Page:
Everyone who watches men’s figure skating pretty much knows by now that Evgeni Plushenko has said the quadruple jump is the future of men’s figure skating. A few egotistical judges, who self-appointed themselves to be the judge of that, rewarded Evan Lysacek with the Winter Olympics gold. Supposedly, Evan’s his triple jumps and graceful artistry while dressed like a grease ball in a black jump suit with sparkles was superior to the ultimate ice showman’s quads and other skills.
The main defense of Evan’s gold being fair and legit is that this is the new scoring system (see summary below the poll).
OK. Let’s theoretically accept that is correct for a few moments.
If so, then why not tear down the gender barrier and have the ladies compete with the men?
Queen of the Triple Axel, Mao Asada of Japan
20 of the 24 male figure skaters at the Olympics level didn’t do a triple Axel. Rod Black and Tracey Wilson cited on CTV during Olympics exhibition gala broadcast. Meanwhile, Mao Asada of Japan, the Queen of the Triple Axel, can do them like crazy. She did three in her free skate! That gives her a pretty good chance at 4th place right off the get go, She can do other jumps and combinations like the men. And who’s going to tell me her artistry and grace is worse than any of the men?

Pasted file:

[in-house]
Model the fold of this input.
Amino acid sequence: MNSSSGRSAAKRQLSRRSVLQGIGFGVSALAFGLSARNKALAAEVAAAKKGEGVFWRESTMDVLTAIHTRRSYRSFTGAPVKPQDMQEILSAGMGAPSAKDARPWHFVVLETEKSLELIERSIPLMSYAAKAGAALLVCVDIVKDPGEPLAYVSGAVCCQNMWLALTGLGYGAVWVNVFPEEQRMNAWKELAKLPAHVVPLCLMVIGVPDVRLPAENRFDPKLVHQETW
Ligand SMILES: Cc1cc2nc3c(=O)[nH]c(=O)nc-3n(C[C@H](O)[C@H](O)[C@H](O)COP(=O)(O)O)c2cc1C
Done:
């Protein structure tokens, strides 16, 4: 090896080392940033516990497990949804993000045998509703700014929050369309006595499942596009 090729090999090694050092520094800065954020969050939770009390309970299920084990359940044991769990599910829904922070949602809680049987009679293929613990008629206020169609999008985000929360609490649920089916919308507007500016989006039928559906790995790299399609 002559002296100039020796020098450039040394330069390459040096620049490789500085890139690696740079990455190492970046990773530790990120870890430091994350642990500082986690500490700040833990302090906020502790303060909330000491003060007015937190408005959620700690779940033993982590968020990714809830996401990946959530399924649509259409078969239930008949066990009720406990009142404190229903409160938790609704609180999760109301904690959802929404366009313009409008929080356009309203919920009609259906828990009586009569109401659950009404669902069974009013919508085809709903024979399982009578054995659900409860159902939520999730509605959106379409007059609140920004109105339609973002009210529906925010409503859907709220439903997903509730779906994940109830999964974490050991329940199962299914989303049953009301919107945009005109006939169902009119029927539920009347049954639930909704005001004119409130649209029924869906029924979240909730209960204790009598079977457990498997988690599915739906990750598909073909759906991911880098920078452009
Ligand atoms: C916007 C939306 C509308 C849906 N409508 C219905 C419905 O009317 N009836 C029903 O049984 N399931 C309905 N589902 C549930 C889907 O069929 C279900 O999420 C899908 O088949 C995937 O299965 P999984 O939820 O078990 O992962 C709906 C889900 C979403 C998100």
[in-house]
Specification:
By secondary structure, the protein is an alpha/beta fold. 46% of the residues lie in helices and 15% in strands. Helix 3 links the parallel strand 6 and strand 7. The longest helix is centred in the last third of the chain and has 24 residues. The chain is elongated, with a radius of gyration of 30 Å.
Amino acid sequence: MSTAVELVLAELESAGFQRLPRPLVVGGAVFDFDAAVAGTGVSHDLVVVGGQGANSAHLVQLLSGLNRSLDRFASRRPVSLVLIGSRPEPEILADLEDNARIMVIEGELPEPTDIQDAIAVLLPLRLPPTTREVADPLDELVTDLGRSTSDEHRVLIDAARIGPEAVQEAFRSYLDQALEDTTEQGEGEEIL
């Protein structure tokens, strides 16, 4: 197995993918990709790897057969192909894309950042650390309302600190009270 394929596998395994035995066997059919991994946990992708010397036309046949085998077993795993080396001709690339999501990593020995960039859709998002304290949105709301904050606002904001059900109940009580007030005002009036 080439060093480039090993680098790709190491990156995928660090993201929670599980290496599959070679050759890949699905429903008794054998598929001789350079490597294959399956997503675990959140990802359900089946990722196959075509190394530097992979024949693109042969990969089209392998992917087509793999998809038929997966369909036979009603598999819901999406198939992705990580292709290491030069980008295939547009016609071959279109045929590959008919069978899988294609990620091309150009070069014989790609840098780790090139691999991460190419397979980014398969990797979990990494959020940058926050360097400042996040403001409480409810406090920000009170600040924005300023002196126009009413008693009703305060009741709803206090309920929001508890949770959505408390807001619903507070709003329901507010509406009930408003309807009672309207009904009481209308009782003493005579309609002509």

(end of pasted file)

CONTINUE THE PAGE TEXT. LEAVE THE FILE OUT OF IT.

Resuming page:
So if some of the ladies can jump better than most of the men, and they’re more graceful and artistic, what chance would Evan Lysacek have for the gold if he competed against them?
He’d get bronze, at best, with stiff competition from Johnny Weir. Top two spots would be contended by Mao Asada and Yu-Na Kim of South Korea. Mao only got silver… and not because she was a jumper and not artistic, either. She was elegant, skilled and graceful. She was just beaten by a better skater on the night. Both were beautifully artistic and graceful, having great footwork and covering the ice at least as good as the men, and could jump better than many!